Hallo lovlies, it’s been a while. 🙂
We have arrived in London Ontario, one of the two home towns of the Burazzos (the other, of course, being Toronto, the big smoke, where we are headed next).
The flight was… delightful. Or at least, not nearly as bad as we might have experienced. WestJet for the win.
Best advice by airlines, these days, is to arrive 2.5 hours prior to takeoff. This directive had us seated at the gate by 8:00am (through both luggage checkin and security), with two hours to spare. Sure, why not? I’d rather wait on site than at home, worried that we’d be held up somewhere. I always choose two int he hand. Point is this… we arrived at our destination (more or less on time), along with our luggage (much more slowly than one might imagine from a tier 4, international airport), and an hour after landing, we were on our way into the Forest City ™ of London Ontario. YXU, the Sollazzo homeland.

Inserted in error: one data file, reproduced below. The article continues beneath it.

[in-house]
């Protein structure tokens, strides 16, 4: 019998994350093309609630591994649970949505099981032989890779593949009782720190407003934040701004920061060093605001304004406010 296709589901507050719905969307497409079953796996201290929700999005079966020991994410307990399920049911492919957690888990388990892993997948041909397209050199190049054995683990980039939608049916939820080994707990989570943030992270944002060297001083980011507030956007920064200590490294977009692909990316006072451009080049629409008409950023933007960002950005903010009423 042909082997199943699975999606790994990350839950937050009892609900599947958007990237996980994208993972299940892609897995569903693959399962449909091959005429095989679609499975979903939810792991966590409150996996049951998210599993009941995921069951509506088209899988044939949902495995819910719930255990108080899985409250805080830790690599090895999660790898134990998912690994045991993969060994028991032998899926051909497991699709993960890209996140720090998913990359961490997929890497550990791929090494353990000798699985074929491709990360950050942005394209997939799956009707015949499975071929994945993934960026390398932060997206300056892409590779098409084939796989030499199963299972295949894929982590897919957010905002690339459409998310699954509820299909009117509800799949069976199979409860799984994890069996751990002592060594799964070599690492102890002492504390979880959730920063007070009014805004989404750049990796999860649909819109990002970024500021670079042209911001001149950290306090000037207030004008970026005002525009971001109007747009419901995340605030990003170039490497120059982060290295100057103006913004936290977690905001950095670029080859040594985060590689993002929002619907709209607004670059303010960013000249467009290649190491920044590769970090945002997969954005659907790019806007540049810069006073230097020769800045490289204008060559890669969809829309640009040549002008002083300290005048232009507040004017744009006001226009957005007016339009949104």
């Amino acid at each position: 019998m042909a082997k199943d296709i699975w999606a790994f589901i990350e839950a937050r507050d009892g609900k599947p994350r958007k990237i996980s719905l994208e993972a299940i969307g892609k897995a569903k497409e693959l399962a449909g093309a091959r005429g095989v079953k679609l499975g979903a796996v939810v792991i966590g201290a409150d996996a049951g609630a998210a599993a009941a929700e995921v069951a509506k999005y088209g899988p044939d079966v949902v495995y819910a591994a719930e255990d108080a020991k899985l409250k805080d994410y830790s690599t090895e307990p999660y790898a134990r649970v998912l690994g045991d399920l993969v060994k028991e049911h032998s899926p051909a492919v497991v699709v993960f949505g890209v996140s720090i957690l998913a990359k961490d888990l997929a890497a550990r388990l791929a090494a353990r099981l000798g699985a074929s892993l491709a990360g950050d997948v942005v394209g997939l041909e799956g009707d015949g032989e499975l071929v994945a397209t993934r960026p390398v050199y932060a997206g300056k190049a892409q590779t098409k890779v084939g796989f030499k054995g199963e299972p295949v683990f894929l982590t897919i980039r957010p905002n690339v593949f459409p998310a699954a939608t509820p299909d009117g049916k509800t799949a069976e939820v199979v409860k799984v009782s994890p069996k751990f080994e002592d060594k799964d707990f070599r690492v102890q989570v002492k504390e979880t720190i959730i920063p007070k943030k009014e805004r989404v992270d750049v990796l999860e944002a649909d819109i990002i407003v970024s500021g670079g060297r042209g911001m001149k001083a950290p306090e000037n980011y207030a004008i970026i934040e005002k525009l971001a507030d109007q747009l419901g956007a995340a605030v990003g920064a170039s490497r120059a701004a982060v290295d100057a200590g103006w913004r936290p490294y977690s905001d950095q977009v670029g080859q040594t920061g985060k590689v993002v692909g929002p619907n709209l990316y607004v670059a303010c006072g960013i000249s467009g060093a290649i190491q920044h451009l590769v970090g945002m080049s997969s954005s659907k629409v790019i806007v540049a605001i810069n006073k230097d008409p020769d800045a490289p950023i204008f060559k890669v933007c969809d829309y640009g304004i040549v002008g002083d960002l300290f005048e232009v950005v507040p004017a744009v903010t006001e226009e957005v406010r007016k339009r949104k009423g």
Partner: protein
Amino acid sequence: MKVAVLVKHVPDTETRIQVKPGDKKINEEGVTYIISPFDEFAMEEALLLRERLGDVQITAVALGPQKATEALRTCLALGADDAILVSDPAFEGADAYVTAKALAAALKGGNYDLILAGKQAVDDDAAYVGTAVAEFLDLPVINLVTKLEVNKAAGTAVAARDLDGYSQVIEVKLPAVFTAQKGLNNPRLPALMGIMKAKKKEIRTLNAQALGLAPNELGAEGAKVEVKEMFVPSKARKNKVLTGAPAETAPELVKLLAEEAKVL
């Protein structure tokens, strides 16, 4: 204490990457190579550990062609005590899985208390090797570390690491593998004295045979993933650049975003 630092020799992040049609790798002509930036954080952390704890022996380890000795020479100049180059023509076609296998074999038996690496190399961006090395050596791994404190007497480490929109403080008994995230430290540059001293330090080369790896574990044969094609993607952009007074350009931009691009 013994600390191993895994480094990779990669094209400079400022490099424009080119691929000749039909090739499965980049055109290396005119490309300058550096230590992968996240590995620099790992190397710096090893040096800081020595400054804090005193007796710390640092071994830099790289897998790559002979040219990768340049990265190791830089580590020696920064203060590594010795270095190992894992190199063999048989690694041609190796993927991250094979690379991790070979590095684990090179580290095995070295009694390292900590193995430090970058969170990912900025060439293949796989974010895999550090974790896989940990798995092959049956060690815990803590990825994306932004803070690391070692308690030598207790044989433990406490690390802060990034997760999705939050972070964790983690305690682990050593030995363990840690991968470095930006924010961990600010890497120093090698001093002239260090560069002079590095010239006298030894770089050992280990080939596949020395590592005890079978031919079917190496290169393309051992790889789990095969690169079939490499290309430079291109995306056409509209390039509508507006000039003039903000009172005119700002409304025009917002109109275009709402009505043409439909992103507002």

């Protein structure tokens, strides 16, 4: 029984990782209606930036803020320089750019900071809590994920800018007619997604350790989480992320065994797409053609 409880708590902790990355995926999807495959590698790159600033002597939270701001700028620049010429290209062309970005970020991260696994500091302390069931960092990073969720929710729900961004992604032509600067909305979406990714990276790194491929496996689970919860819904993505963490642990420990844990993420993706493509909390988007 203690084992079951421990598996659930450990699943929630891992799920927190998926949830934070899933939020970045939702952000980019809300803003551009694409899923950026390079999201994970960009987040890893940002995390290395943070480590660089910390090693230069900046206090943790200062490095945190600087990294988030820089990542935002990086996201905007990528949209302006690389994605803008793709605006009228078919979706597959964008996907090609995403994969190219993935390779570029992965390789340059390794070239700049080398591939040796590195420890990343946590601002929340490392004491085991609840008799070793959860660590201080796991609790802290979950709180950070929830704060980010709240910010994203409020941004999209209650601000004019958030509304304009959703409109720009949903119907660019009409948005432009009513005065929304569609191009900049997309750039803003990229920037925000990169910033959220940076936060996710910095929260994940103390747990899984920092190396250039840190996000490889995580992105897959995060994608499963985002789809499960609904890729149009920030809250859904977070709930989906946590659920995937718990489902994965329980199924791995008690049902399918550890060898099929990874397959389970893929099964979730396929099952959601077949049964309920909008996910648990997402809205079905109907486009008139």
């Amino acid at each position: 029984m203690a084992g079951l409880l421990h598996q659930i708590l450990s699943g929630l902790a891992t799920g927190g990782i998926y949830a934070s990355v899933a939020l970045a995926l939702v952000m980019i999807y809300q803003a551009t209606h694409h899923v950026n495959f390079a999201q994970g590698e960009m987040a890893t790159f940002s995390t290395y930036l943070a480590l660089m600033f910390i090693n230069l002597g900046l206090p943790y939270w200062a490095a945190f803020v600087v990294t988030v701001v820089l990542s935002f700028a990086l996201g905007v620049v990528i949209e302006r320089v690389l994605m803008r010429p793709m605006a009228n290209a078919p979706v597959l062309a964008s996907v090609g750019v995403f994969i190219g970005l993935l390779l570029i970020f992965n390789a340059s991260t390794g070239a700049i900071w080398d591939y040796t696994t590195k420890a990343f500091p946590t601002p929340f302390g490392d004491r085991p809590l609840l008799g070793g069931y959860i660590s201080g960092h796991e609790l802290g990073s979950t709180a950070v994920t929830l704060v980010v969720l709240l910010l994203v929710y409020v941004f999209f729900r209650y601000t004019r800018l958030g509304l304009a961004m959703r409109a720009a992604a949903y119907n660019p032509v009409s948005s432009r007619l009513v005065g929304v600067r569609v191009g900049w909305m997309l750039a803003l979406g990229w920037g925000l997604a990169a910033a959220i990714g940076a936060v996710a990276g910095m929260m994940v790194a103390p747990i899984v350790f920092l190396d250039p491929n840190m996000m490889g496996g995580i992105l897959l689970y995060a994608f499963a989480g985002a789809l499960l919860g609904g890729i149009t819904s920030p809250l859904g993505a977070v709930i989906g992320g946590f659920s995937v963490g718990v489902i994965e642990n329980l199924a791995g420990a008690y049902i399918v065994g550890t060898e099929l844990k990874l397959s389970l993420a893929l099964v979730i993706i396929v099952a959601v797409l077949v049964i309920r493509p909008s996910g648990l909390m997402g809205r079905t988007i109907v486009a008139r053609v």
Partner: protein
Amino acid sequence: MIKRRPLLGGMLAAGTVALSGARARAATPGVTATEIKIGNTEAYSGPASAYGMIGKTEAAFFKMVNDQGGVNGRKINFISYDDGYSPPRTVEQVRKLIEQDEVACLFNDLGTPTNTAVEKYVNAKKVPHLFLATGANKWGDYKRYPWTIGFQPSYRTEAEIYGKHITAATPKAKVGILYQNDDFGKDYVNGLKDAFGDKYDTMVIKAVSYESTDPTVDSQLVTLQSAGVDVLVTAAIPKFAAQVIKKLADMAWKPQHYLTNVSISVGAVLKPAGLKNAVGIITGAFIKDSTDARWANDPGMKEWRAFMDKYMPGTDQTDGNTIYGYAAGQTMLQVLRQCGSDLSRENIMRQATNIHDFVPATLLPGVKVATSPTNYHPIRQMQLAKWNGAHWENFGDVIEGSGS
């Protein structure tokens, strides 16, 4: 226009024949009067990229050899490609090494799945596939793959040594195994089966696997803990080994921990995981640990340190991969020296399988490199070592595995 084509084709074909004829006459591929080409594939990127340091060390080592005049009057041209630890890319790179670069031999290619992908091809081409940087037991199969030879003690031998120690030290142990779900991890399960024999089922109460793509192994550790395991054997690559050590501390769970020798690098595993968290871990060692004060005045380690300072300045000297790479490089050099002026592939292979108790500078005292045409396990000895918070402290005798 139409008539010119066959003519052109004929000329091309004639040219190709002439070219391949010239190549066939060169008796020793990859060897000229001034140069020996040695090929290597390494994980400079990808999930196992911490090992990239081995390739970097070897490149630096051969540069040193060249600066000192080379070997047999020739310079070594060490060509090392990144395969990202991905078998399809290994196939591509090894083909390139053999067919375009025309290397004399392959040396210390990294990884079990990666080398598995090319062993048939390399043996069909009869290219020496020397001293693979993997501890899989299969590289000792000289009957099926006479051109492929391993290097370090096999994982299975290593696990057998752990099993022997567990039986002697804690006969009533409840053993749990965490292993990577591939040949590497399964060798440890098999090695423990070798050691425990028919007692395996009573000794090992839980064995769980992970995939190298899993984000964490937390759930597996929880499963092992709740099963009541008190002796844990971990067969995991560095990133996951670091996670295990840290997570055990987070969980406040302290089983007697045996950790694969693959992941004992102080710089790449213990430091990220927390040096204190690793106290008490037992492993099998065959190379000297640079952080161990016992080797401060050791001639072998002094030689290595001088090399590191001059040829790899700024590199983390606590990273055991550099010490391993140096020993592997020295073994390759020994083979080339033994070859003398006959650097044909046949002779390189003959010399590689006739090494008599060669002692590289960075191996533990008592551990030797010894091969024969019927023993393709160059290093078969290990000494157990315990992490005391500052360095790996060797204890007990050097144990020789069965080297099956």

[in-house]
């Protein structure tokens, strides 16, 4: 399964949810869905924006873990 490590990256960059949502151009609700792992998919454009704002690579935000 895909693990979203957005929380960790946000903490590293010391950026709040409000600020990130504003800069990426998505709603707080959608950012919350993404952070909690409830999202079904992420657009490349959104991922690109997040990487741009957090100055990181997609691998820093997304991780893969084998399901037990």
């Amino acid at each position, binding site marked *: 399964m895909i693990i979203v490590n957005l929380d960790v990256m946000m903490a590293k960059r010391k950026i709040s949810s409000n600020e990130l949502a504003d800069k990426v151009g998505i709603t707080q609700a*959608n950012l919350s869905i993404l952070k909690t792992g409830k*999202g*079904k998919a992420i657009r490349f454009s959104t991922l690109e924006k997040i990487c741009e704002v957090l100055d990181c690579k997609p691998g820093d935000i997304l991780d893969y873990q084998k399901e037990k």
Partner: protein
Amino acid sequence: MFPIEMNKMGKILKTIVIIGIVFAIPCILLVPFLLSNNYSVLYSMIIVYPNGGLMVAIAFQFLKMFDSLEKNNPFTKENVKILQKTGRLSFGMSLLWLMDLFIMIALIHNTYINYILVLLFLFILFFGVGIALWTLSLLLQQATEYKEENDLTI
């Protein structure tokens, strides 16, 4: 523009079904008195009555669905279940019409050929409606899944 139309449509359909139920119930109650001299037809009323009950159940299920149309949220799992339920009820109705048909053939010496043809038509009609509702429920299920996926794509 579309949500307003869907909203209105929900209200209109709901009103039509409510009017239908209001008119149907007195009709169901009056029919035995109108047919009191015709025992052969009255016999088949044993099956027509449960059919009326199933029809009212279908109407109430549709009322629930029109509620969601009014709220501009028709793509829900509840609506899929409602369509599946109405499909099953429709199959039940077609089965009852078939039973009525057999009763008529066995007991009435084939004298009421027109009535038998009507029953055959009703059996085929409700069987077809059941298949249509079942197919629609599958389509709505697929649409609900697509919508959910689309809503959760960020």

Ontario, for those of you who haven’t had the pleasure, has an… oppressive quality to it. I’m not talking about its politics, although it could be so classified. Oppression comes in the form of humidity, and you feel it, smell it, the moment you leave your air conditioned micro climate. Having grown up with it, I can never un-remember it. Having lived away from it for 36 years, I think I kind of miss it now. That and the freshwater smell of the Great Lakes.
Both greeted us in our first minutes on the ground.
So here we are, back home. Ontario will always be home to me, even after those 36 years, and when we retire, we will likely return. I don’t not appreciate the strides and steps we’ve taken in Calgary, to make it more livable, more cultured and connected, more cosmopolitan. But eventually, I just want to live in a place that doesn’t vandalize its rainbow crosswalks, and where I can feel good pulling for a team that’s expected to fail in the second round of the Stanley Cup.
Home is where the heart is, and Ontario feels it to me. Sure, the mountains are grand, and prairies… flat. But there’s something about the rollers and dunes at Grand Bend, the smell of red pine in shield country, or the lakes of the cottage. I’m torn. But mostly, I’m deflated by the intolerance and parochial thinking that still pervades much of Alberta.
Looking squarely at you, Sundre.
And so here we are. We spend time with family, breathe in the moist warm air, and we take our walks with family.